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Insects to Avoid in the Great Outdoorsfrom: Maxx Adventure Travel
Ah yes, the great outdoors, fresh air, freedom and ... insect territory. Indoors, we have dust to deal with. Outdoors -- bug attacks. Of course, it’s nothing personal. Bugs and insects are just looking out for themselves.
When heading out for your outdoor adventure, the first thing you might want to pack is a good supply of insect-repellant. These chemicals will help render you 'invisible’ to an insect. Another good piece of advice is to never wear perfume or brightly colored clothes as these are very attractive to our bug friends.
Spiders. Black widows are nasty little creatures to come across since they're one of the most poisonous spiders out there. They are easily recognizable by their hourglass-shaped bodies with orange, red or white spots on the abdomen. A bite from a black widow can cause severe pain, weakness, shivering and sweating that can last several days.
Another arachnid to watch out for is the fiddleback spider, so called because of a light spot that resembles a violin on its back. It's also known as the brown recluse because it prefers dark places. Its bite can cause tissue degeneration around the area of the bite.
Other spiders to avoid are the funnelwebs and the tarantulas. A tarantula can deliver a painful bite that can cause bleeding which could lead to infection. A spider bite is rarely fatal, except when a person is allergic to the particular toxin in its venom.
Scorpions. Most scorpions are nocturnal and they're either brown or black. To adapt to the desert, they have light green or yellow coloring. Scorpions can grow to an average of 2.5 cm and some Central America giants are about 20 cm. Their sting with their jointed tails is extremely painful but shouldn't be confused with whip scorpions and vinegar roons, which have straight tails like a whip.
Bees and Wasps. We all know how to recognize bees, with their plump, hairy bodies while wasps and hornets are hairless and slender. Some bees live in colonies, while others build their homes in the ground or in wood. When bees attack, they leaves their stinger stuck to your skin, along with the venom sac. Wasps and hornets attack repeatedly with smooth stingers.
Ticks. Ticks love human blood and can spread Lyme disease, encephalitis, Rocky Mountain fever and other dangerous diseases. However, for these diseases to be transmitted, a tick needs at least six hours attached to your skin, which gives you plenty of time to inspect your body and get rid of it.
Of course, the best way to defend yourself against insects is to avoid them altogether -- a near impossible task. Most of these creatures act out of self-preservation and not because they mean any harm. So just do your best to stay as far away from them as possible.
The Wilderness Survival News
Wilderness Survival with Jeff Huntington - Islands' Weekly
Wilderness Survival with Jeff Huntington
This spring however, you have the opportunity to get truly ready for any adventure by taking Jeff Huntington's Intro to Wilderness Survival through KnowledgeShare on May 18, 9:30 a.m. to about 3 p.m. Gather at the picnic shelter at Odlin County Park.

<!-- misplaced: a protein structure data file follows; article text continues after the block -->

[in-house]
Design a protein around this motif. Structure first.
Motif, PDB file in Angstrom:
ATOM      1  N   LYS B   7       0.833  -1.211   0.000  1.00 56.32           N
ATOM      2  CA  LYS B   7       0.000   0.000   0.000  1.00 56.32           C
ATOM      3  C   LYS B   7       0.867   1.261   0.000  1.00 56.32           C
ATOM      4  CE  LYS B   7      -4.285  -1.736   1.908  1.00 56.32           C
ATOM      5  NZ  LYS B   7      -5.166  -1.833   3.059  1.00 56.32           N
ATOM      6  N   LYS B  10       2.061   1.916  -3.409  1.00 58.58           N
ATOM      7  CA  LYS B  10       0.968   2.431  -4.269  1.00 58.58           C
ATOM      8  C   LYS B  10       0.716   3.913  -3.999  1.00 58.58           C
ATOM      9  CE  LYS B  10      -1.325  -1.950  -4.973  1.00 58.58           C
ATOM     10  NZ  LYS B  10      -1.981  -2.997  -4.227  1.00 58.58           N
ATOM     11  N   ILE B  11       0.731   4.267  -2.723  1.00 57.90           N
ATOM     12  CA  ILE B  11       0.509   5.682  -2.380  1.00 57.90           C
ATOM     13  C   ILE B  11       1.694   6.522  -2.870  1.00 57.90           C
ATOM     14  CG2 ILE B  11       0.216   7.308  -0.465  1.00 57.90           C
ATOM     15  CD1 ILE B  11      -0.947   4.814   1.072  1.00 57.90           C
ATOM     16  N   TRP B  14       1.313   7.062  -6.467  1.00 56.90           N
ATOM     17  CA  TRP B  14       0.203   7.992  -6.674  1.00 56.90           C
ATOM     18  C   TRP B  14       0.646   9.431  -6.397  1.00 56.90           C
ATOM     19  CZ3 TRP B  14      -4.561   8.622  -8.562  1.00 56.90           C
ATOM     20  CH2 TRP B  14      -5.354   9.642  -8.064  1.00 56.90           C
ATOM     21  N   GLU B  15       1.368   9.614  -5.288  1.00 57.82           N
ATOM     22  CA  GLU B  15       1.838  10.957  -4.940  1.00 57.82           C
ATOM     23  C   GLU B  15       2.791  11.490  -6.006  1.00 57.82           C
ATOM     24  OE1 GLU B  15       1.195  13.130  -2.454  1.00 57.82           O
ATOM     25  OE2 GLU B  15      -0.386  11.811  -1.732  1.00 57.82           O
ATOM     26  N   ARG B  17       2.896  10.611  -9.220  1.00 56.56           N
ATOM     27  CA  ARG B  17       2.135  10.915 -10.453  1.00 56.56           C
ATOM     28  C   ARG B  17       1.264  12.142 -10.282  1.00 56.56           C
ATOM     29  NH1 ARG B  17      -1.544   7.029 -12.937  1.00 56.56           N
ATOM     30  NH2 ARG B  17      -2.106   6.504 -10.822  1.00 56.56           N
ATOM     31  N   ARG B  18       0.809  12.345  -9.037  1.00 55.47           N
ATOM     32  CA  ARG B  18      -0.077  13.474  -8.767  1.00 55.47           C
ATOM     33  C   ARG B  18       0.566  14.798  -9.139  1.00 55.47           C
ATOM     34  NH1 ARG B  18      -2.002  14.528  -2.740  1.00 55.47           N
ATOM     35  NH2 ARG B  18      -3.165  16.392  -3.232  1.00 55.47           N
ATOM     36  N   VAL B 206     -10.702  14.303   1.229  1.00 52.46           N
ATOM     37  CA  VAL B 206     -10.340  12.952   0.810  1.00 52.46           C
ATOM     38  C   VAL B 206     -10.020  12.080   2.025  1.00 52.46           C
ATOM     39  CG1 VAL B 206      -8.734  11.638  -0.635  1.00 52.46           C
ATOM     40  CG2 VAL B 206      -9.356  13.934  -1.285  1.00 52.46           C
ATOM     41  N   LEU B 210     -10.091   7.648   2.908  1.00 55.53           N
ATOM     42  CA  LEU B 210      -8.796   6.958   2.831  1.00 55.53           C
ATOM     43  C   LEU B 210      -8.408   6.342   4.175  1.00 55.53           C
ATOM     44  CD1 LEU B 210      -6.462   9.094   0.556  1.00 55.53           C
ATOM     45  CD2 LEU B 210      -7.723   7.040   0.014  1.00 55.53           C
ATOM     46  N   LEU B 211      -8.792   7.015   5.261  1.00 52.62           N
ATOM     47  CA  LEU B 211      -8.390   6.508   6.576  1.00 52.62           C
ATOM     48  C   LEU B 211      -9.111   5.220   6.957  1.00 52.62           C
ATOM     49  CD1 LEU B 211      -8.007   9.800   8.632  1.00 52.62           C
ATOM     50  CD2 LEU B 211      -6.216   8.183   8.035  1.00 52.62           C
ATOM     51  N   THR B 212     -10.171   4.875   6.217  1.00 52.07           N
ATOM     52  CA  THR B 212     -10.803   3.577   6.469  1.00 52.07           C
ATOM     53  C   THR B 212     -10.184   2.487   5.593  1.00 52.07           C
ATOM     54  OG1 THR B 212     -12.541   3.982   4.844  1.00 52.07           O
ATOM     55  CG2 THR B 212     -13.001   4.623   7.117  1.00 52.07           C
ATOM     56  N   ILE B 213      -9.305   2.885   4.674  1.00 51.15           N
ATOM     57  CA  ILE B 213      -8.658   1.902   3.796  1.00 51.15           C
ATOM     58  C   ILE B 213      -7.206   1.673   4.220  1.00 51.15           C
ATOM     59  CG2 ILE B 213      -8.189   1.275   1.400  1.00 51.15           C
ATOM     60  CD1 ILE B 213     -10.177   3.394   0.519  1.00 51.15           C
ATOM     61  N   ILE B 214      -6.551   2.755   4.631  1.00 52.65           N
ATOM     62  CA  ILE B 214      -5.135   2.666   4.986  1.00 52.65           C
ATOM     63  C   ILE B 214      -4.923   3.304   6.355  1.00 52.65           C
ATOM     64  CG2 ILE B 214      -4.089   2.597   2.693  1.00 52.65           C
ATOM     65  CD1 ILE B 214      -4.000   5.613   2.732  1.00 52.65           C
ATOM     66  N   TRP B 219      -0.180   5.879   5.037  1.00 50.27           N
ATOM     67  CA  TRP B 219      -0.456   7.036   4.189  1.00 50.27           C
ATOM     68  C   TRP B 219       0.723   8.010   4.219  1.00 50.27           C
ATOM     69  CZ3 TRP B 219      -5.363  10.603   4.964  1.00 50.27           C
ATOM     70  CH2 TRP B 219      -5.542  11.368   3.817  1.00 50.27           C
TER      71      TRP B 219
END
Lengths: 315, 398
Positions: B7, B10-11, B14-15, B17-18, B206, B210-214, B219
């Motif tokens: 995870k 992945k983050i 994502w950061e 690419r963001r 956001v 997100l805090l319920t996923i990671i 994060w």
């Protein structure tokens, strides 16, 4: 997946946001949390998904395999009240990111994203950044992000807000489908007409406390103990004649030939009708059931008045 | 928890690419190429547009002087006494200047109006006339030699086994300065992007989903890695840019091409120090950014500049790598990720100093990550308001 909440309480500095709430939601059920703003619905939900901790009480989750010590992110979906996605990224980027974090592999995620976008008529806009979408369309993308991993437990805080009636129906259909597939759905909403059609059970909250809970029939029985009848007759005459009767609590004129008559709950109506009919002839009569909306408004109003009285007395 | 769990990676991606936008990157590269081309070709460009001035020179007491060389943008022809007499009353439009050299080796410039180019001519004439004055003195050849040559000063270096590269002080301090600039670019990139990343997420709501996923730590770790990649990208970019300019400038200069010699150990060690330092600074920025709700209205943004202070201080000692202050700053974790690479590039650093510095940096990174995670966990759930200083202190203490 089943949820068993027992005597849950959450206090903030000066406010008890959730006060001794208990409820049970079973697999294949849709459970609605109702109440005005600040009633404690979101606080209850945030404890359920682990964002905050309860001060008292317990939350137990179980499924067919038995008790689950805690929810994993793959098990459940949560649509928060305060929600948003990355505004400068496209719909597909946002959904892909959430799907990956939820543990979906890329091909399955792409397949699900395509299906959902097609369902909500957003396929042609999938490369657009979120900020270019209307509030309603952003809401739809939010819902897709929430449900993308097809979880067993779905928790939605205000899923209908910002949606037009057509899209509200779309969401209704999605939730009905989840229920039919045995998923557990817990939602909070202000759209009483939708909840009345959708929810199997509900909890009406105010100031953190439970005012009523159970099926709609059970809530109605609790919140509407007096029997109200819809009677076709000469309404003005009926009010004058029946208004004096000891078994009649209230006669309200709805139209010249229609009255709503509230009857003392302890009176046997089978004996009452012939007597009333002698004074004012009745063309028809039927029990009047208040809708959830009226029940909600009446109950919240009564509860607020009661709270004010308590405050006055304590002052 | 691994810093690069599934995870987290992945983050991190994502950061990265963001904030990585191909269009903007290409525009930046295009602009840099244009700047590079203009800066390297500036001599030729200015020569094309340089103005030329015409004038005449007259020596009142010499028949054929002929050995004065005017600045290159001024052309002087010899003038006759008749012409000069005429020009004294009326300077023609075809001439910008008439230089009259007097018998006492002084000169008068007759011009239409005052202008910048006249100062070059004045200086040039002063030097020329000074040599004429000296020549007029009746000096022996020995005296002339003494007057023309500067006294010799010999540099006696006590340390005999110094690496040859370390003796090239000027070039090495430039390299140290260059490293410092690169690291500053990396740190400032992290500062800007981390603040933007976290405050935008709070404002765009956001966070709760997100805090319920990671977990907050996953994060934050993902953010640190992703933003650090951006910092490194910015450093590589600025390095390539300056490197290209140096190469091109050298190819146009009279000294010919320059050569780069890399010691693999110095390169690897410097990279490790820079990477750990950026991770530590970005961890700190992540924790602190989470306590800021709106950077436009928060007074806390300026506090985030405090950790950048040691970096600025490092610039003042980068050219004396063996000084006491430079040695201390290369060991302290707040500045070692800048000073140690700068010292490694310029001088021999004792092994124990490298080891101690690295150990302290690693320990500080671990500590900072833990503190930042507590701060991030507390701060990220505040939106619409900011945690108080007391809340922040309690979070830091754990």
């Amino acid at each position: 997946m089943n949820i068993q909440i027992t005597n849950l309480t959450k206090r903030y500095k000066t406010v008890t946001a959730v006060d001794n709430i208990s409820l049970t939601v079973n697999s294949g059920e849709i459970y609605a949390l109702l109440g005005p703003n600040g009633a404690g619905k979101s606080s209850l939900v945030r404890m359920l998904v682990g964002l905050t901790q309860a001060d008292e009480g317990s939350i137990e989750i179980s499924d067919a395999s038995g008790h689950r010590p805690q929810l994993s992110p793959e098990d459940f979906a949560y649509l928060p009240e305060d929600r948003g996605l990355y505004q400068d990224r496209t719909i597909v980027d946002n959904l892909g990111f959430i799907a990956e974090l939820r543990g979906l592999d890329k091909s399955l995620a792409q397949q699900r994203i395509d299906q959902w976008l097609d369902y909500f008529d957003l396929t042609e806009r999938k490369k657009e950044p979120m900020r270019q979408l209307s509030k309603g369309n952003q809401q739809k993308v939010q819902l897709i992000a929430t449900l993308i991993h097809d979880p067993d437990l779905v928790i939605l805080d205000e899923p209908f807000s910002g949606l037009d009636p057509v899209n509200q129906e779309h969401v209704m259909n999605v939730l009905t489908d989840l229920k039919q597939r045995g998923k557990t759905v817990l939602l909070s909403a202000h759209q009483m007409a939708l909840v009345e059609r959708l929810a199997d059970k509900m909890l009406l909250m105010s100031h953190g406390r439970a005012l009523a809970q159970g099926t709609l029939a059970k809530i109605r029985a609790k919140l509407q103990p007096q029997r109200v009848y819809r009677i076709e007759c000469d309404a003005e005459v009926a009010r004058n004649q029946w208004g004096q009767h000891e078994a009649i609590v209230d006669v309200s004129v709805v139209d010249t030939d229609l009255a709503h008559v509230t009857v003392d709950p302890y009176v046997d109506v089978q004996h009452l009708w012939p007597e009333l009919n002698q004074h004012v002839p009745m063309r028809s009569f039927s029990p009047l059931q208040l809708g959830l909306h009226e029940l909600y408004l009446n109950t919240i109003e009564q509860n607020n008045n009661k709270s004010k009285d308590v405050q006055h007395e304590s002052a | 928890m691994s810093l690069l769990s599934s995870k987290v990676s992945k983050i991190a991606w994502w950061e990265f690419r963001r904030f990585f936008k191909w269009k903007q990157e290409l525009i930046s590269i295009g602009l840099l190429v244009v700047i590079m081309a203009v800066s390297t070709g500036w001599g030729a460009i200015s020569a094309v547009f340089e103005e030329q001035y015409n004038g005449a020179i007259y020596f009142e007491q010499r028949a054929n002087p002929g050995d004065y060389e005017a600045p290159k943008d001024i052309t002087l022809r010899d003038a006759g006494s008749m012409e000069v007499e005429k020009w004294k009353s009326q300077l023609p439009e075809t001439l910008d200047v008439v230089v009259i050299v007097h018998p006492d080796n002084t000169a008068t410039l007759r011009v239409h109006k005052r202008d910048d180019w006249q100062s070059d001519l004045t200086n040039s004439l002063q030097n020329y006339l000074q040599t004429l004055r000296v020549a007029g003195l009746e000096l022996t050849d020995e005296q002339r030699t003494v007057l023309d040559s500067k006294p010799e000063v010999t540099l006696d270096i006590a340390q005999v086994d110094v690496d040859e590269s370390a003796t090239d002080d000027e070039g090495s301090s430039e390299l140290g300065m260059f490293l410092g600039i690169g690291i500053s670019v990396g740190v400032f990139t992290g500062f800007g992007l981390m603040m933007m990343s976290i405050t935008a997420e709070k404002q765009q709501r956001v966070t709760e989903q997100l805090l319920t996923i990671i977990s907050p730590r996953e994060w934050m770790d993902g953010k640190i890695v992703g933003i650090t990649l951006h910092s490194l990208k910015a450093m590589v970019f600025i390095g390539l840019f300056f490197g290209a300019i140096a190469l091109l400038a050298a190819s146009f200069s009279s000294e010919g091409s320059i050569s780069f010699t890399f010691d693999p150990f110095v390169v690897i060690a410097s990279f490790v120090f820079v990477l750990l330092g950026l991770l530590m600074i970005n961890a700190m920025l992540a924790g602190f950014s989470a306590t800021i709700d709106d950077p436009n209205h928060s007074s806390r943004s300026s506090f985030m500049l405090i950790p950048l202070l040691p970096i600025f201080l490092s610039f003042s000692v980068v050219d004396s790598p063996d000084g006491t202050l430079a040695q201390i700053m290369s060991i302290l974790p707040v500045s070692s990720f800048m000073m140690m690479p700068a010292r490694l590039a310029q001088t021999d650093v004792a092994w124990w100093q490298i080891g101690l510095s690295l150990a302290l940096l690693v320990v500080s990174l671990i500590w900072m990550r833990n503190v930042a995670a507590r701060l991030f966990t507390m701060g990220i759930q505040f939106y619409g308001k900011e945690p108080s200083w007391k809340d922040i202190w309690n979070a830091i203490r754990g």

Wilderness Survival: Visiting a Modern-Day Medicine Man - Outdoor Life Magazine (blog)
Wilderness Survival: Visiting a Modern-Day Medicine Man
Outdoor Life Magazine (blog)
As long as I have known about using herbs for medicine, I have been uncomfortable with the rituals, incantations, and hokum that seemed inseparable from the art form of wild medicine. Any concern I had about Rod or his methods melted away when I was ...
Knight could write book about wilderness survival - Morning Sentinel
Knight could write book about wilderness survival
All any person needs to survive is food, shelter and clothing. After reading newspaper articles and watching television coverage, I believe Christopher Knight could pay for hs various crimes by writing a survival booklet that people of all ages could ...
Fifth-grade survival journal project merges wilderness skills and writing - The Morning Sun
Fifth-grade survival journal project merges wilderness skills and writing
The Morning Sun
In the story, Fidler said, a man ventures through the frigid Alaskan wilderness on his own, and must build a fire to survive. However, he said, the assignment he gives his students is a little less risky. They are writing from the safety of home, but ...
"Today: airs from Yellowstone Tuesday - mybighornbasin
"Today: airs from Yellowstone Tuesday
CODY, WYO. â€” When NBC's â€śTodayâ€ť broadcasts a live, 3-hour morning show from Yellowstone National Park on Tuesday, millions of viewers around the country will get a chance to learn about grizzly bears and geysers, gray wolves and wilderness survival.
Patch Reads: 2013 Summer Reading List for Ages 4 to 12-Plus - Patch.com
Patch Reads: 2013 Summer Reading List for Ages 4 to 12-Plus
Back on land, their struggle to survive continues as they are pursued by animals, including a half-grizzly, half-polar bear. An exciting wilderness survival tale set in Canada's arctic is the perfect read to cool down a hot summer day. Dog Days (Diary ...